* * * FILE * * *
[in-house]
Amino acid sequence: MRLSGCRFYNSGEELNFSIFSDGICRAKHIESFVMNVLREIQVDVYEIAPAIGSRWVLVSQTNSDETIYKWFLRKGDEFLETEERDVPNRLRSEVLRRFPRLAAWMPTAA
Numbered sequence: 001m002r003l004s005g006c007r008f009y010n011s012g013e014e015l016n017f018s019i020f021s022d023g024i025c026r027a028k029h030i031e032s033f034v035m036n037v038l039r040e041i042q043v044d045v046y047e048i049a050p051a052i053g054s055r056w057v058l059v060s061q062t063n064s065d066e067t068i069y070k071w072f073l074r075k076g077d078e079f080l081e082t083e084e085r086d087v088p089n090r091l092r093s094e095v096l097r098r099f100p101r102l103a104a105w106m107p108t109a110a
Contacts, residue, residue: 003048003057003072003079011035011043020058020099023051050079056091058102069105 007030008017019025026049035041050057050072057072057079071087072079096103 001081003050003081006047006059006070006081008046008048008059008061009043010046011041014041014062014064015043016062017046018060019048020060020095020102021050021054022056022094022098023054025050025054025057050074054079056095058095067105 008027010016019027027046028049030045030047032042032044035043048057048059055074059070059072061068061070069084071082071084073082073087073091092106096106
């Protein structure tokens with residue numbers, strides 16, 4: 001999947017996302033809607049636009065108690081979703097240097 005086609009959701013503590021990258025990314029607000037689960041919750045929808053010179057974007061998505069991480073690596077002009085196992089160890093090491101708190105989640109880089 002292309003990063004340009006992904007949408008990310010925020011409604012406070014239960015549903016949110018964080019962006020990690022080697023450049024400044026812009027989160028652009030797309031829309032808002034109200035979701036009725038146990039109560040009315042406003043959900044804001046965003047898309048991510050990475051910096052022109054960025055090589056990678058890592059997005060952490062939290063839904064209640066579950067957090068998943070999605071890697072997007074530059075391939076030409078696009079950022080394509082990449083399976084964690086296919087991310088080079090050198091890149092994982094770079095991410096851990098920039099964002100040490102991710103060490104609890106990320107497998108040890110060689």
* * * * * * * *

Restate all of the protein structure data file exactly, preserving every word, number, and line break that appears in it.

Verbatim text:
[in-house]
Amino acid sequence: MRLSGCRFYNSGEELNFSIFSDGICRAKHIESFVMNVLREIQVDVYEIAPAIGSRWVLVSQTNSDETIYKWFLRKGDEFLETEERDVPNRLRSEVLRRFPRLAAWMPTAA
Numbered sequence: 001m002r003l004s005g006c007r008f009y010n011s012g013e014e015l016n017f018s019i020f021s022d023g024i025c026r027a028k029h030i031e032s033f034v035m036n037v038l039r040e041i042q043v044d045v046y047e048i049a050p051a052i053g054s055r056w057v058l059v060s061q062t063n064s065d066e067t068i069y070k071w072f073l074r075k076g077d078e079f080l081e082t083e084e085r086d087v088p089n090r091l092r093s094e095v096l097r098r099f100p101r102l103a104a105w106m107p108t109a110a
Contacts, residue, residue: 003048003057003072003079011035011043020058020099023051050079056091058102069105 007030008017019025026049035041050057050072057072057079071087072079096103 001081003050003081006047006059006070006081008046008048008059008061009043010046011041014041014062014064015043016062017046018060019048020060020095020102021050021054022056022094022098023054025050025054025057050074054079056095058095067105 008027010016019027027046028049030045030047032042032044035043048057048059055074059070059072061068061070069084071082071084073082073087073091092106096106
């Protein structure tokens with residue numbers, strides 16, 4: 001999947017996302033809607049636009065108690081979703097240097 005086609009959701013503590021990258025990314029607000037689960041919750045929808053010179057974007061998505069991480073690596077002009085196992089160890093090491101708190105989640109880089 002292309003990063004340009006992904007949408008990310010925020011409604012406070014239960015549903016949110018964080019962006020990690022080697023450049024400044026812009027989160028652009030797309031829309032808002034109200035979701036009725038146990039109560040009315042406003043959900044804001046965003047898309048991510050990475051910096052022109054960025055090589056990678058890592059997005060952490062939290063839904064209640066579950067957090068998943070999605071890697072997007074530059075391939076030409078696009079950022080394509082990449083399976084964690086296919087991310088080079090050198091890149092994982094770079095991410096851990098920039099964002100040490102991710103060490104609890106990320107497998108040890110060689």